Solutions Sought To Aid Youth In Mental Health Decline: Declining mental health among young people is an ongoing issue, as lawmakers, workplaces and even local schools look for solutions to help kids and adolescents who are struggling with anxiety, depression, and thoughts of suicide. But the issue is multifaceted, according to Sara DiLeonardo, behavioral clinical strategist with Cigna Healthcare, who spoke at the Maryland Association of Counties winter conference in Cambridge. Maryland Matters.


Opinion: Find A Better Way To Fill Legislative Vacancies: When lawmakers return to Annapolis next month, some are vowing to end the appointment practice of filling legislative vacancies and instead running a special election in the presidential election year if the vacancy takes place early enough in a four-year term. … They argue that ... bypassing the electorate is among the most undemocratic actions ... And it’s not a small one, given that about one in four of the current state delegates and senators got their seats through the appointment process. (Opinion) Baltimore Sun.


With State's New AI Advisor At Work, Legislators Call For Privacy Law: With applications of generative artificial intelligence like ChatGPT having gobbled up data, at least one state legislative leader is calling for Maryland to join a dozen other states with laws to protect citizens’ data and personal information The state’s new senior adviser for responsible AI nodded toward privacy, but stopped short of explicitly calling for a new law. “Privacy will have to be one of the key values that we center a lot of this work around,” said Nishant Shah, hired in August from a position at Facebook’s parent company, Meta. Hagerstown Herald-Mail.


Climate Shifts Bring Winners, Losers in Potomac Watershed: Dozens of experts gathered recently to compare notes on the health of a river that’s a major tributary to the Chesapeake Bay and supplies drinking water to nearly 6 million people. Much of the discussion during the one-day conference in September focused on the impact that more erratic weather patterns — namely, heavier rains with longer dry spells in between — is having on the river. Scientists predict that more extreme flows in the river will increase the populations of “opportunistic” [fish] species that adapt well to such changes and find food in a variety of environments. That includes blue catfish and other “live fast, die young” species, as one fish biologist puts it. Bay Journal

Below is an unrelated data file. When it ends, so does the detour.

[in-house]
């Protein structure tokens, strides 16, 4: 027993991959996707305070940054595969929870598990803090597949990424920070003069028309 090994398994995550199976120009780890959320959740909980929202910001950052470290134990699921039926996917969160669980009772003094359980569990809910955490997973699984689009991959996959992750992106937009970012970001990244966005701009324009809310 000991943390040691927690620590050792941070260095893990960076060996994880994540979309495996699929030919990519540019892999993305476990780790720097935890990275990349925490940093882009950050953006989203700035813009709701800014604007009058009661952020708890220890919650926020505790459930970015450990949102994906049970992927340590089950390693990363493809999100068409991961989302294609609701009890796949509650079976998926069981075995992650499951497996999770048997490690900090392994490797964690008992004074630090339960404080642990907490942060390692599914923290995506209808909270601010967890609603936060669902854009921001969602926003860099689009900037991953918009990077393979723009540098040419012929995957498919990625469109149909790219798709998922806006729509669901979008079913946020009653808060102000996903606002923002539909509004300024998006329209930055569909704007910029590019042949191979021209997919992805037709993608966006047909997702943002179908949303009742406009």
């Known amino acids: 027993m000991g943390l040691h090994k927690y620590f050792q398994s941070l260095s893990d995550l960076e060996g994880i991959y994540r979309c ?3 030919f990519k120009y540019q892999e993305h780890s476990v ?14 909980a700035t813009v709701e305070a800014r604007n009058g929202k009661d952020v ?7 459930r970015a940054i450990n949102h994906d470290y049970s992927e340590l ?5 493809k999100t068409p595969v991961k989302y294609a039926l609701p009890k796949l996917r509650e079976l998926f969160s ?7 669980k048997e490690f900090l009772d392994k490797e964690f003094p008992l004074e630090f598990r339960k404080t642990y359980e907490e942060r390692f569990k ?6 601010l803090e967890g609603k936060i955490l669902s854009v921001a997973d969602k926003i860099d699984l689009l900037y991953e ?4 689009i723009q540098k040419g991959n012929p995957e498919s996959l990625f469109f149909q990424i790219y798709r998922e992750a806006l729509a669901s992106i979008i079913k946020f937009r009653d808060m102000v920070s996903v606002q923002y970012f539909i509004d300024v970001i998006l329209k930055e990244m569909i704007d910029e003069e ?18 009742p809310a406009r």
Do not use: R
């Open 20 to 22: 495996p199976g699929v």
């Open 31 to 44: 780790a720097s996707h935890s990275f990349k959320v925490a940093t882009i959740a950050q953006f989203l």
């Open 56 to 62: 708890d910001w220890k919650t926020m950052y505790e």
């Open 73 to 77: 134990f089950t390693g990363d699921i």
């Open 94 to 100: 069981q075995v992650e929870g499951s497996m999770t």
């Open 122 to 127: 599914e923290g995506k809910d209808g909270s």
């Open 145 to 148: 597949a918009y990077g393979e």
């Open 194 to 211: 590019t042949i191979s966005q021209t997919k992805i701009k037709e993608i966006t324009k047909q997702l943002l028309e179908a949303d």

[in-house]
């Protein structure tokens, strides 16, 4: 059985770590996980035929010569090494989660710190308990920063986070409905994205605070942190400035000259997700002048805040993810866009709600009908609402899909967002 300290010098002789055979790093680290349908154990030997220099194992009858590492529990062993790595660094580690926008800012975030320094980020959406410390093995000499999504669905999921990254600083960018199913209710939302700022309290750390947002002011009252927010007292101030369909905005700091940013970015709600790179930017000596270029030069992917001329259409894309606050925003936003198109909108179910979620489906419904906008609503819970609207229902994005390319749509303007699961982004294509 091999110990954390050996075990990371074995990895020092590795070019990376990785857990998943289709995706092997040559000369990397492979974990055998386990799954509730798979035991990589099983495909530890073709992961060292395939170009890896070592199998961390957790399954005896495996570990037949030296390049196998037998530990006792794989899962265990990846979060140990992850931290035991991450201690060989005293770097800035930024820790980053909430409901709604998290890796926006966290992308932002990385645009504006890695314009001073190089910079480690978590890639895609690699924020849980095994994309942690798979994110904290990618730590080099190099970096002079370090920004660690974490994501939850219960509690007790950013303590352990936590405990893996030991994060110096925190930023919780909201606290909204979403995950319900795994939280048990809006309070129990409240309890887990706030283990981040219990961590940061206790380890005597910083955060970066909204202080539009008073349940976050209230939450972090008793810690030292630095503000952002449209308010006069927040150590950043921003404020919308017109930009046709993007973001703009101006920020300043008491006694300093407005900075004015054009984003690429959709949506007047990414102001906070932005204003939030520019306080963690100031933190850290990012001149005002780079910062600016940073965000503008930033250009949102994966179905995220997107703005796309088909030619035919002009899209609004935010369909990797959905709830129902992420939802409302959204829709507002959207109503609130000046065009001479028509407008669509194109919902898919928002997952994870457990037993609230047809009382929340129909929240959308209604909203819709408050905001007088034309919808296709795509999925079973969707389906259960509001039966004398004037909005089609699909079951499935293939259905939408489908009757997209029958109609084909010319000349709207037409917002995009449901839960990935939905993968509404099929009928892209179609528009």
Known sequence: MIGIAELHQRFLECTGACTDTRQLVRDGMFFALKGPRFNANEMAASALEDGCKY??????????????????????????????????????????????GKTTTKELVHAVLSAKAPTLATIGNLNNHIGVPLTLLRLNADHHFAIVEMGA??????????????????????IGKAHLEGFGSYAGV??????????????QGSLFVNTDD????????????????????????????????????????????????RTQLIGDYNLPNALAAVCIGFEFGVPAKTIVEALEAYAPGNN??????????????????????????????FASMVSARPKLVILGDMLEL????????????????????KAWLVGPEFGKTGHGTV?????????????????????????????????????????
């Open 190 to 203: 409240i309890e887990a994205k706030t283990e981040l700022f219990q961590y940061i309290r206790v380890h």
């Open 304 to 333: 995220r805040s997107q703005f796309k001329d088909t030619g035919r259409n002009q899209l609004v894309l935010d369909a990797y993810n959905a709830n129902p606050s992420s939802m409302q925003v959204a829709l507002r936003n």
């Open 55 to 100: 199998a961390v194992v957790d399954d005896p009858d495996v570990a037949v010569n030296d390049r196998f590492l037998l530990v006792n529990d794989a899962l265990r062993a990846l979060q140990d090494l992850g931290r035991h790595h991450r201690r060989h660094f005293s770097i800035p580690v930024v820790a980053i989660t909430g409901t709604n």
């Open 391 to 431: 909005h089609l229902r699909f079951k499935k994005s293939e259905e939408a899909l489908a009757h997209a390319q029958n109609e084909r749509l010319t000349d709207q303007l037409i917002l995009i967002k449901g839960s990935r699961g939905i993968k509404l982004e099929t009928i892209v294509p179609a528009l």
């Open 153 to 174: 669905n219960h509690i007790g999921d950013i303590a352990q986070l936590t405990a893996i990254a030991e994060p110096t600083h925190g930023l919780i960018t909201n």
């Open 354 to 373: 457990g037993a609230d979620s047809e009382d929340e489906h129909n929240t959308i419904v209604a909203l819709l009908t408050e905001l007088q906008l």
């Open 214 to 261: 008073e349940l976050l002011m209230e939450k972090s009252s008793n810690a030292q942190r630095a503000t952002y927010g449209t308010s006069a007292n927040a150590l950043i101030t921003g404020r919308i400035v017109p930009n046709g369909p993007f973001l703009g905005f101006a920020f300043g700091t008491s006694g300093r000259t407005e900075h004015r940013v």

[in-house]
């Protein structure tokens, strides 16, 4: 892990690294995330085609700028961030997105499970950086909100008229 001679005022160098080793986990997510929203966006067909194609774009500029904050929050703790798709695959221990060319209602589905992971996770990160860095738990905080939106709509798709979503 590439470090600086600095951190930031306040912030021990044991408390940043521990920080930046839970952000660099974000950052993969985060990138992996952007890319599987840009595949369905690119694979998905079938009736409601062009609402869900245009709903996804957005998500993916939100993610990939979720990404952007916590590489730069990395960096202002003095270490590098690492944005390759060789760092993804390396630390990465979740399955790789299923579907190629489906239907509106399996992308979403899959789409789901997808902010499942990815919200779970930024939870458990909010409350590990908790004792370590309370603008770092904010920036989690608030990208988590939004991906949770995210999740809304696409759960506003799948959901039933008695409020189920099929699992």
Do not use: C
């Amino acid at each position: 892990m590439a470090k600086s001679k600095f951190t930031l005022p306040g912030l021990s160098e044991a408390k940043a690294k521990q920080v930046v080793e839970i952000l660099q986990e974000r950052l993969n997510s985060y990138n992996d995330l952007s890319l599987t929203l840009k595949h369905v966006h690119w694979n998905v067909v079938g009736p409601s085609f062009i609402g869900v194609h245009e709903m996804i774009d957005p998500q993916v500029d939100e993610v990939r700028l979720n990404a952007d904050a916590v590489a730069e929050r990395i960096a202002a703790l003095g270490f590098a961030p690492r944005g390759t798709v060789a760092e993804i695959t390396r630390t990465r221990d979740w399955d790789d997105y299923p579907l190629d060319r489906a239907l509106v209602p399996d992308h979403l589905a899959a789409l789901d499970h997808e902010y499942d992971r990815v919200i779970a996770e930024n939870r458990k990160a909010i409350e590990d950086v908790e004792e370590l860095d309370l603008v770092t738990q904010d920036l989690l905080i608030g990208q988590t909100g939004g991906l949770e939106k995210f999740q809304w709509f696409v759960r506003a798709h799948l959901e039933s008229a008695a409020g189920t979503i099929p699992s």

Md. Issuing More Expansive Advisory About Fish Contaminated With PFAS About two years after issuing its first-ever fish consumption advisory associated with PFAS contamination, Maryland is issuing a slew of new warnings. This round is far more comprehensive, following years of testing of different fish species for PFAS — so-called “forever chemicals” known to cause cancer and other health problems — at locations frequented by recreational anglers in the Chesapeake Bay and its tributaries. The dozens of new advisories to be released Friday by the Maryland Department of the Environment are spread across Maryland waterways, and cover a variety of fish species.  Baltimore Sun (12/8)


Problems Persist in State’s Juvenile Services Schooling: Not all incarcerated young people can continue their education, much less attain a diploma. Two years after the Maryland General Assembly transferred responsibility for incarcerated students’ education from the state Education Department to an independent school board within the Juvenile Services Department, students confined in Maryland’s secure youth facilities continue to face multiple long-standing challenges, according to experts and state audit reports. Capital News Service/Maryland Reporter. (12/8)


Juvenile Justice Reform Act Consequences, Changes Mulled: Attending the MACo winter conference, local officials discussed how new state laws, specifically Juvenile Justice Reform and Child Interrogation Protection Act bills passed last year, are working. Laurel Police Chief Russell Hamill said the reform has created “unintended consequences.” Part of the law states an officer “cannot conduct a custodial interrogation” of a child until an attorney has been consulted. Prior to the law, Hamill said, officers were allowed to talk with youth after an alleged crime occurred and could find out more information such as whether that child is physically abused, homeless or just hungry. Maryland Matters. 12/7